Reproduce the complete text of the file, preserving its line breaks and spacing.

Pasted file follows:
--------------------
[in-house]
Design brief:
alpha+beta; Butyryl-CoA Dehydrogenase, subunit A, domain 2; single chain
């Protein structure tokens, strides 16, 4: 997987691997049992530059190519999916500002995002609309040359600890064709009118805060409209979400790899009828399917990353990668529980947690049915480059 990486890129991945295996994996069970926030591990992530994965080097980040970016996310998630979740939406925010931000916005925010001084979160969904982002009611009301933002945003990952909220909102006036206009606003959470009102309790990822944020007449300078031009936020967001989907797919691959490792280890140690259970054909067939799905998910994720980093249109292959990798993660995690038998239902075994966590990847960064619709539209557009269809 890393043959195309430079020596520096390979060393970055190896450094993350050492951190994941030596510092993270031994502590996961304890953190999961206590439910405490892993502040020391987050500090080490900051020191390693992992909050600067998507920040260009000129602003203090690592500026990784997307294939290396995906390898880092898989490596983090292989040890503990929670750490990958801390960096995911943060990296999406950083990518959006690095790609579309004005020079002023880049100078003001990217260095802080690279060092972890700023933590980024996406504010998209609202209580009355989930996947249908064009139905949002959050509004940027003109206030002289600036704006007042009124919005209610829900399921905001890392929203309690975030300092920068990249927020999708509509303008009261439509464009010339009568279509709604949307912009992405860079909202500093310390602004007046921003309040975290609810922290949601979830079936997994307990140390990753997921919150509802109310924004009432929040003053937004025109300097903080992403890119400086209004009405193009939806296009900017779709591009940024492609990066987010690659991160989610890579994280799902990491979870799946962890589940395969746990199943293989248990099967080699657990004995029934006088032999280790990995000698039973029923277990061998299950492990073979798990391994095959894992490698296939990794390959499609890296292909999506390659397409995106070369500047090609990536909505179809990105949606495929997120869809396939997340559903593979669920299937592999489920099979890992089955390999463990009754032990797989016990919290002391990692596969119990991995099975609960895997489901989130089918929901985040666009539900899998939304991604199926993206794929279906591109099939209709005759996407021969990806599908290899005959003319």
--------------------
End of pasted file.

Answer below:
[in-house]
Design brief:
alpha+beta; Butyryl-CoA Dehydrogenase, subunit A, domain 2; single chain
């Protein structure tokens, strides 16, 4: 997987691997049992530059190519999916500002995002609309040359600890064709009118805060409209979400790899009828399917990353990668529980947690049915480059 990486890129991945295996994996069970926030591990992530994965080097980040970016996310998630979740939406925010931000916005925010001084979160969904982002009611009301933002945003990952909220909102006036206009606003959470009102309790990822944020007449300078031009936020967001989907797919691959490792280890140690259970054909067939799905998910994720980093249109292959990798993660995690038998239902075994966590990847960064619709539209557009269809 890393043959195309430079020596520096390979060393970055190896450094993350050492951190994941030596510092993270031994502590996961304890953190999961206590439910405490892993502040020391987050500090080490900051020191390693992992909050600067998507920040260009000129602003203090690592500026990784997307294939290396995906390898880092898989490596983090292989040890503990929670750490990958801390960096995911943060990296999406950083990518959006690095790609579309004005020079002023880049100078003001990217260095802080690279060092972890700023933590980024996406504010998209609202209580009355989930996947249908064009139905949002959050509004940027003109206030002289600036704006007042009124919005209610829900399921905001890392929203309690975030300092920068990249927020999708509509303008009261439509464009010339009568279509709604949307912009992405860079909202500093310390602004007046921003309040975290609810922290949601979830079936997994307990140390990753997921919150509802109310924004009432929040003053937004025109300097903080992403890119400086209004009405193009939806296009900017779709591009940024492609990066987010690659991160989610890579994280799902990491979870799946962890589940395969746990199943293989248990099967080699657990004995029934006088032999280790990995000698039973029923277990061998299950492990073979798990391994095959894992490698296939990794390959499609890296292909999506390659397409995106070369500047090609990536909505179809990105949606495929997120869809396939997340559903593979669920299937592999489920099979890992089955390999463990009754032990797989016990919290002391990692596969119990991995099975609960895997489901989130089918929901985040666009539900899998939304991604199926993206794929279906591109099939209709005759996407021969990806599908290899005959003319």